I read Douglas Southall Freeman's multi-volume biography of Robert E. Lee and concluded that General Lee was a decent man. But New Orleans ripped Lee's statue of its pedestal at Lee's Circle, and Lee definitely won't be coming back. 

Maybe we should all construct our own personal canon of great books, our own personal narrative of history.  As a Catholic, for example, I consider the Philadelphia Bible Riots every bit as important as the so-called Boston Massacre, but few people would agree with me. And for me, the great coming-of-age novel is not Catcher in the Rye by that sleazebag J.D. Salinger, but Richard Bradford's Red Sky at Morning, a book about being young in northern New Mexico during World War II.

But if we are all free to construct our own canon of literature and our own narrative of history, which liberal arts professors are basically arguing we should do, then why the hell should we pay sixty grand a year for our kids to attend some moldy liberal arts college in the upper Midwest?

Because the colleges need your money, I suppose. And if you don't have sixty grand, don't worry. The government is quite willing to loan it to you.

References

Kurt Schlichter. Don't Go To College, Townhall, March 22, 2018.



Monday, March 6, 2017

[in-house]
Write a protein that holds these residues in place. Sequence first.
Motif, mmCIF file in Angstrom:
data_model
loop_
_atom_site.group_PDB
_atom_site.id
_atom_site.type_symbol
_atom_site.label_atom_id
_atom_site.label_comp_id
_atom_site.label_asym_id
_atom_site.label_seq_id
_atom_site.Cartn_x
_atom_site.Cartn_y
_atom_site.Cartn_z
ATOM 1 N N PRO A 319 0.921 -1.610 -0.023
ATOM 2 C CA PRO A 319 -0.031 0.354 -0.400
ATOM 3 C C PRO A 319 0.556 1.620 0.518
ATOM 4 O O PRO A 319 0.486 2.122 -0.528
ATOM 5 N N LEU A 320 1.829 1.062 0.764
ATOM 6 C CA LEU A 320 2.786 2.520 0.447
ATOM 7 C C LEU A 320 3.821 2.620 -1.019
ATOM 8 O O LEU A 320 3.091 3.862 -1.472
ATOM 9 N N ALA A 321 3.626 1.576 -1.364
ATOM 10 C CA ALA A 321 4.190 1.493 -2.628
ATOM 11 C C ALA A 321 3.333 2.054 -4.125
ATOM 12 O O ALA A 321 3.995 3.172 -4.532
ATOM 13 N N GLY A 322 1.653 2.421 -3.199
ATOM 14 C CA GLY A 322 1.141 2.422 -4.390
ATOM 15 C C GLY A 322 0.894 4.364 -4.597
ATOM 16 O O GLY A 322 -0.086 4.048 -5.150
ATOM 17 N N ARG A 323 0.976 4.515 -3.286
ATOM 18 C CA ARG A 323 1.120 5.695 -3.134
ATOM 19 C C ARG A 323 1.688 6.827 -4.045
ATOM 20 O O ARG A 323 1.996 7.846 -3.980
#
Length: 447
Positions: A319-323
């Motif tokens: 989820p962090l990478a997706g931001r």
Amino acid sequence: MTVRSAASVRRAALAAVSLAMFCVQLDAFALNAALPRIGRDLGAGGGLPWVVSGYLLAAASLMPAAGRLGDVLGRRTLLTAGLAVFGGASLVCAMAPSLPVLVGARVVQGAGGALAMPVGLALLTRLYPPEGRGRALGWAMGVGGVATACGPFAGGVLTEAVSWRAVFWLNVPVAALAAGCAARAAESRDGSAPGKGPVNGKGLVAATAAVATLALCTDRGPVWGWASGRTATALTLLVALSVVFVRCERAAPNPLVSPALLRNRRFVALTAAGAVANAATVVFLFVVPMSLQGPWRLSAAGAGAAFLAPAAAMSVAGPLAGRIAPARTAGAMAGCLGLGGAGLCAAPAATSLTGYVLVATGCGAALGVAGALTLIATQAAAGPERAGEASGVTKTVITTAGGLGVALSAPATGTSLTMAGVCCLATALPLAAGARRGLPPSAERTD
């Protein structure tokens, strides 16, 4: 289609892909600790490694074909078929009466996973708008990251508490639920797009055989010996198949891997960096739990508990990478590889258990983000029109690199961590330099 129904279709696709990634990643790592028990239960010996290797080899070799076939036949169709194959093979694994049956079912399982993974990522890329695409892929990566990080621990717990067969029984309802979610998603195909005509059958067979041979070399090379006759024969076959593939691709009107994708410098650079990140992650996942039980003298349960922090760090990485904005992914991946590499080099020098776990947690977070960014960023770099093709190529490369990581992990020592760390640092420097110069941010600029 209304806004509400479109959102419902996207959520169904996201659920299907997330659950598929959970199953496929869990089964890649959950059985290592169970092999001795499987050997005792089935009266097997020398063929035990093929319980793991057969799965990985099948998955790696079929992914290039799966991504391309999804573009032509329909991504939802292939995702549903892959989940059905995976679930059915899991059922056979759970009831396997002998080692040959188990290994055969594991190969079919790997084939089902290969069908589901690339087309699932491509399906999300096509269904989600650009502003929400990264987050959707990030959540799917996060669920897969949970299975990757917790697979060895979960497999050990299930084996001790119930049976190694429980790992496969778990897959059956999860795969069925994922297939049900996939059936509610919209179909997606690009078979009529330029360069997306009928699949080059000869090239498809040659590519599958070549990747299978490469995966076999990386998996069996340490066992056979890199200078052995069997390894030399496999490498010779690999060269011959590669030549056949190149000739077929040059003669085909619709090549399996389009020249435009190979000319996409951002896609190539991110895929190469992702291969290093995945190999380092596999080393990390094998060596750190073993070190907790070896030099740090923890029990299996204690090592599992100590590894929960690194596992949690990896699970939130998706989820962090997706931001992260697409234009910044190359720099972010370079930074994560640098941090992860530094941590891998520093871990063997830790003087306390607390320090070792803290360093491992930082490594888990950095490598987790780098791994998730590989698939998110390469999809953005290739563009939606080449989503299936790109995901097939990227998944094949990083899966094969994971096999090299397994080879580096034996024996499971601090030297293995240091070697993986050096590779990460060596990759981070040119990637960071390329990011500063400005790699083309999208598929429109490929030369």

Newman University and Paula Maxine Edwards: Does a college have a moral duty to warn students that some of its programs are not financially worthwhile?

Paula Edwards attended Newman University to become a school teacher. 

Paula Edwards, a single mother with two children, obtained a bachelor's degree in education from Newman University, a small Catholic college located in Wichita, Kansas. Newman's tuition rates are higher than public universities in Kansas, but Edwards chose Newman because she could take most of her classes in the evening while continuing to work as a paralegal.

Edward's education degree qualified her for a job in education, and in the fall of 2016 she was in her fourth year as an elementary school teacher in Wellington, Kansas. Edwards' teaching job does not pay well; she makes only $35,300 a year. Moreover, unless she obtains more education, Edwards' salary will not go up much. In fact, her salary is capped at $35,700--only $400 a year more than she is making now.